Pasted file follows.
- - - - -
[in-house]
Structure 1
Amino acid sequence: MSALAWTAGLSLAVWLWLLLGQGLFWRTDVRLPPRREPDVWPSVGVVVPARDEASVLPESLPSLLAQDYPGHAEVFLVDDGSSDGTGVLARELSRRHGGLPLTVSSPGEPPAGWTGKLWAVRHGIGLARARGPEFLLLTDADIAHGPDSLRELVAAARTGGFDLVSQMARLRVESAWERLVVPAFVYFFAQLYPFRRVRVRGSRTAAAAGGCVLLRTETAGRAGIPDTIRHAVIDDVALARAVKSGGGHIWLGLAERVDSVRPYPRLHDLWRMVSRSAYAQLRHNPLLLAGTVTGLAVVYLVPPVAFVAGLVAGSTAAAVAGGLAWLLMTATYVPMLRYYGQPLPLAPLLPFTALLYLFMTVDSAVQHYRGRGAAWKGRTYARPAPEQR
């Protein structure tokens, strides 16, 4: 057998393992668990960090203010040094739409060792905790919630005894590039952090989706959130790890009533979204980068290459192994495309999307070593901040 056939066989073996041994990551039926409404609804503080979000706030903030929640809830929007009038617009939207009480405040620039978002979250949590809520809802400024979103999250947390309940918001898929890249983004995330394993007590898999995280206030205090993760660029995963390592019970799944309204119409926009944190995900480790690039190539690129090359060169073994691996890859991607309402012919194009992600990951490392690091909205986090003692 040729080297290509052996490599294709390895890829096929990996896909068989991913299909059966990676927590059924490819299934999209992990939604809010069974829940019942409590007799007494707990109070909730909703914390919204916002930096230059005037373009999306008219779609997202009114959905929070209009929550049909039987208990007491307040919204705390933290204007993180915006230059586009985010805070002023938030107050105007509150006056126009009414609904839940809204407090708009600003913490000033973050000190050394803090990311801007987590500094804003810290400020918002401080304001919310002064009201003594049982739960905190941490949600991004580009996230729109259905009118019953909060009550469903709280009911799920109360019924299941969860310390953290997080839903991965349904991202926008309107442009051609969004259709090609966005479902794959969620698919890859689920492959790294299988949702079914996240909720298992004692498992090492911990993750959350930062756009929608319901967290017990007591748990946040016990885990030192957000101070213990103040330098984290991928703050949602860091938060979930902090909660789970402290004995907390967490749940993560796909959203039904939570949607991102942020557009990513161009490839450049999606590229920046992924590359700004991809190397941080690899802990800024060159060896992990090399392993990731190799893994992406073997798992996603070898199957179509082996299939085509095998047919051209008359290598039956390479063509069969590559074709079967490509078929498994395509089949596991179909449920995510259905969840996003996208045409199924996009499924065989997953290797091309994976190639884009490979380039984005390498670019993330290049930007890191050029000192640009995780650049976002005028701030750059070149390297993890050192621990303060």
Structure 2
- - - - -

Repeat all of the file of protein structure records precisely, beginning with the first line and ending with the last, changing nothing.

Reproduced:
[in-house]
Structure 1
Amino acid sequence: MSALAWTAGLSLAVWLWLLLGQGLFWRTDVRLPPRREPDVWPSVGVVVPARDEASVLPESLPSLLAQDYPGHAEVFLVDDGSSDGTGVLARELSRRHGGLPLTVSSPGEPPAGWTGKLWAVRHGIGLARARGPEFLLLTDADIAHGPDSLRELVAAARTGGFDLVSQMARLRVESAWERLVVPAFVYFFAQLYPFRRVRVRGSRTAAAAGGCVLLRTETAGRAGIPDTIRHAVIDDVALARAVKSGGGHIWLGLAERVDSVRPYPRLHDLWRMVSRSAYAQLRHNPLLLAGTVTGLAVVYLVPPVAFVAGLVAGSTAAAVAGGLAWLLMTATYVPMLRYYGQPLPLAPLLPFTALLYLFMTVDSAVQHYRGRGAAWKGRTYARPAPEQR
């Protein structure tokens, strides 16, 4: 057998393992668990960090203010040094739409060792905790919630005894590039952090989706959130790890009533979204980068290459192994495309999307070593901040 056939066989073996041994990551039926409404609804503080979000706030903030929640809830929007009038617009939207009480405040620039978002979250949590809520809802400024979103999250947390309940918001898929890249983004995330394993007590898999995280206030205090993760660029995963390592019970799944309204119409926009944190995900480790690039190539690129090359060169073994691996890859991607309402012919194009992600990951490392690091909205986090003692 040729080297290509052996490599294709390895890829096929990996896909068989991913299909059966990676927590059924490819299934999209992990939604809010069974829940019942409590007799007494707990109070909730909703914390919204916002930096230059005037373009999306008219779609997202009114959905929070209009929550049909039987208990007491307040919204705390933290204007993180915006230059586009985010805070002023938030107050105007509150006056126009009414609904839940809204407090708009600003913490000033973050000190050394803090990311801007987590500094804003810290400020918002401080304001919310002064009201003594049982739960905190941490949600991004580009996230729109259905009118019953909060009550469903709280009911799920109360019924299941969860310390953290997080839903991965349904991202926008309107442009051609969004259709090609966005479902794959969620698919890859689920492959790294299988949702079914996240909720298992004692498992090492911990993750959350930062756009929608319901967290017990007591748990946040016990885990030192957000101070213990103040330098984290991928703050949602860091938060979930902090909660789970402290004995907390967490749940993560796909959203039904939570949607991102942020557009990513161009490839450049999606590229920046992924590359700004991809190397941080690899802990800024060159060896992990090399392993990731190799893994992406073997798992996603070898199957179509082996299939085509095998047919051209008359290598039956390479063509069969590559074709079967490509078929498994395509089949596991179909449920995510259905969840996003996208045409199924996009499924065989997953290797091309994976190639884009490979380039984005390498670019993330290049930007890191050029000192640009995780650049976002005028701030750059070149390297993890050192621990303060």
Structure 2